Such concerns are valid, Mr. Cottone said, but federal litigation isn’t the solution.
(Neither of them mentioned that U.S. students outperformed the average of 9.9% of students globally who had mastered those complex reading skills. The Organization for Economic Cooperation and Development administers the PISA in 79 countries.)
One reason Rhode Island community groups have helped bring the federal lawsuit is that two lawsuits in state court to establish a state constitutional right to education have failed.
Plaintiff June, a third-grader with blond hair in a loose ponytail, sat in the jury box to observe with her mother, Moira Hinderer, and Ms. Cook. But the legal volleys couldn’t compete with her penchant for drawing, and she frequently ducked down to pluck colored pencils out of a purple box in her backpack.
“I have the privilege to have a job where I can take a half day off to take her to court and have a discussion about what a court is,” Ms. Hinderer says. “For a lot of families that’s just not reality. So the school needs to be providing an equitable experience where kids get what they need ... to know how you participate in a democracy.”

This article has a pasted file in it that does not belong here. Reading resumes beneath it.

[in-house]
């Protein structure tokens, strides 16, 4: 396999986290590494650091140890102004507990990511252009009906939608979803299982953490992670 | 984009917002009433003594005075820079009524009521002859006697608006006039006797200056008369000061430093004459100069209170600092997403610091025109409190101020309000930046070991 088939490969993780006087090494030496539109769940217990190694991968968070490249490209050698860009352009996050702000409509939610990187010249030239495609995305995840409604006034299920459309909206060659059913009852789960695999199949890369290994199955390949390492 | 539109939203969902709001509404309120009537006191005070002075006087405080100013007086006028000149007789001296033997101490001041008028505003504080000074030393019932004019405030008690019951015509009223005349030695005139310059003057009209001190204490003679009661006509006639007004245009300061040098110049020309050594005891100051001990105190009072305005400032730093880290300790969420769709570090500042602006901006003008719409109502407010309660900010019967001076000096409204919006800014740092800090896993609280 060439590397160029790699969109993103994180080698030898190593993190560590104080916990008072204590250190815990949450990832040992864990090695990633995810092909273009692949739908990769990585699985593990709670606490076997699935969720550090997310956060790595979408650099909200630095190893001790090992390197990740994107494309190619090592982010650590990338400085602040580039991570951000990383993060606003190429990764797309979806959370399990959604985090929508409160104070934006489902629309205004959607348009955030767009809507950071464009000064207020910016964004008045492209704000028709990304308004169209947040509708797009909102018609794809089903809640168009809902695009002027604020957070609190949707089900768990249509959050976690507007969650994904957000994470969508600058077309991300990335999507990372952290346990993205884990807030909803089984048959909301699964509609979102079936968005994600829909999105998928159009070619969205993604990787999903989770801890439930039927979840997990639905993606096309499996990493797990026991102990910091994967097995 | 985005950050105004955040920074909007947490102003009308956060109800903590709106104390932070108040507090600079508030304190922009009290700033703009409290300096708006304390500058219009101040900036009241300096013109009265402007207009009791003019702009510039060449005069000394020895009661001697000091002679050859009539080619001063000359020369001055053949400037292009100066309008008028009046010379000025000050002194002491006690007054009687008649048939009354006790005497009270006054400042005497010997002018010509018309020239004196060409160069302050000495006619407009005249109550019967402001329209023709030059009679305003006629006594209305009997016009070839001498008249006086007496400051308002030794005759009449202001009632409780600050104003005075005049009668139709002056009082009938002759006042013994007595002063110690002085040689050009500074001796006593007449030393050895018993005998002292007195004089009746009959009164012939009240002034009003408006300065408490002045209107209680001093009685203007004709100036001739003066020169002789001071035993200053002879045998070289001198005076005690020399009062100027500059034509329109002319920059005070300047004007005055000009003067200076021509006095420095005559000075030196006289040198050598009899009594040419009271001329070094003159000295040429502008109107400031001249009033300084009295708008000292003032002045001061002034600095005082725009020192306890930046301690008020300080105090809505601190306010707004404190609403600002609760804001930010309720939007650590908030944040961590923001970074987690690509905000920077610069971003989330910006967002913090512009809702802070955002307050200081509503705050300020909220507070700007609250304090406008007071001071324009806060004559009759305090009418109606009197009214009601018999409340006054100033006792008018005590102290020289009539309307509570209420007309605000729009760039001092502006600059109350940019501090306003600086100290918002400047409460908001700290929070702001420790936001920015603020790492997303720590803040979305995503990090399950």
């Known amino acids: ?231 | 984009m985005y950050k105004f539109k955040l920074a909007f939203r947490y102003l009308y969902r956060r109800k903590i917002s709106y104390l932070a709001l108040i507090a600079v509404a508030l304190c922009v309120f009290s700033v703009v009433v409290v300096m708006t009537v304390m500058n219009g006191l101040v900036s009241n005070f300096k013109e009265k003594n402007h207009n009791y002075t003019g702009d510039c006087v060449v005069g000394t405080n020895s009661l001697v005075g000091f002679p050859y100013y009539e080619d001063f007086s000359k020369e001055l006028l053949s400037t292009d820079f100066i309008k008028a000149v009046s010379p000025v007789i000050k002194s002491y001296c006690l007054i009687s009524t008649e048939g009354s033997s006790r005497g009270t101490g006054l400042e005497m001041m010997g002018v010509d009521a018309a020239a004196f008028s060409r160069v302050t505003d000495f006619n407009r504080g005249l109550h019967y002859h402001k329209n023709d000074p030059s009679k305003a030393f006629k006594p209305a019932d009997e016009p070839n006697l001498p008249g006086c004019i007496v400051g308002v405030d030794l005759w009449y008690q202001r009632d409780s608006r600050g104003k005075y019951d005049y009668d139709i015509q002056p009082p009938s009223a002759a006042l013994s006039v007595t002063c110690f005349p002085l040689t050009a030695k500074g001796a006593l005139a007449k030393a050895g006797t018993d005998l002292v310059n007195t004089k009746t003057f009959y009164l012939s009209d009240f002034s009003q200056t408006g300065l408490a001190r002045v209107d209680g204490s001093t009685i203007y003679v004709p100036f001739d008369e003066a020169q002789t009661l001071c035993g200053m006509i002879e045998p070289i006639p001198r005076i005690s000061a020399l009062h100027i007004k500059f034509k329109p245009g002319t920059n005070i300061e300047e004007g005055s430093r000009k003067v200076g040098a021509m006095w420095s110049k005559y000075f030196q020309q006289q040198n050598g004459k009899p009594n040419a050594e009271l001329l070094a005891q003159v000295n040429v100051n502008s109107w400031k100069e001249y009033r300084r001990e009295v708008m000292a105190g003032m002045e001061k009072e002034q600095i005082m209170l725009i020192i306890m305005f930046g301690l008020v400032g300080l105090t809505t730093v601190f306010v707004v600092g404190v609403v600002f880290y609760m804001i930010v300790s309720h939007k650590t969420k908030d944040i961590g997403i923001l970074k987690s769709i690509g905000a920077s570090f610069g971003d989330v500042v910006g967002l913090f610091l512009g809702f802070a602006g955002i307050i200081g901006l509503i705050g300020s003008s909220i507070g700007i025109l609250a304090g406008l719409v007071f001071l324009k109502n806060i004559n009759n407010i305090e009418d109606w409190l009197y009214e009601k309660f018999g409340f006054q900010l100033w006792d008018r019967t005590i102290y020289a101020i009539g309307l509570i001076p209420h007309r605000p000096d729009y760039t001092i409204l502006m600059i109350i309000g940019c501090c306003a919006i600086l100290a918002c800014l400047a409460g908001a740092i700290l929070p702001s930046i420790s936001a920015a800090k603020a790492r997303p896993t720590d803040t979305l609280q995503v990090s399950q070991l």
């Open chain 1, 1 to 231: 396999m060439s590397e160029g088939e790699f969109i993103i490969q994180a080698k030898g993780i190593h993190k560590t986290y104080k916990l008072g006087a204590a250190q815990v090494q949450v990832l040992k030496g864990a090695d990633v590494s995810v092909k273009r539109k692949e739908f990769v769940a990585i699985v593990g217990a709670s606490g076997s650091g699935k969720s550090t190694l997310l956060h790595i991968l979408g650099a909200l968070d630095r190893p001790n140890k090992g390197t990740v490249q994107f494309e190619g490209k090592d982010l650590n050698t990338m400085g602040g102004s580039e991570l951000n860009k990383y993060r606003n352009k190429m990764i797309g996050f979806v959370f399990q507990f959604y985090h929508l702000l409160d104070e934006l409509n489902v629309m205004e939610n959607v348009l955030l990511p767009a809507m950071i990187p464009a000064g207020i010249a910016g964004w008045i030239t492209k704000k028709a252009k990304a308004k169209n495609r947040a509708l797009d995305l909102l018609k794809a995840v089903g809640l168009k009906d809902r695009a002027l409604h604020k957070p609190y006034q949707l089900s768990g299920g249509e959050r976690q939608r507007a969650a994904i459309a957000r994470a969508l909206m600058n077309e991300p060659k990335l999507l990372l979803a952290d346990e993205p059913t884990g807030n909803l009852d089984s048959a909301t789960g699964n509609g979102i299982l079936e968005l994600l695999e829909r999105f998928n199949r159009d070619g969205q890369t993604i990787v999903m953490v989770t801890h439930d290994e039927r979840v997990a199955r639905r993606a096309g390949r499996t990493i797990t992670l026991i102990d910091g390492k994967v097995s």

For many of the urban teens attending the hearing in the statue-flanked limestone Federal Building downtown, it was their first visit to a courthouse.
“The experience was really amazing,” says Jayson Rodriguez, a junior at the Met High School. It “pushed forward my desire to pursue the path of being a lawyer and to eventually understand the vernacular that these people are using,” he says during a pizza lunch with other youth organizers at the office of the Rhode Island Center for Justice, whose executive director, Jennifer Wood, is co-counsel for the plaintiffs.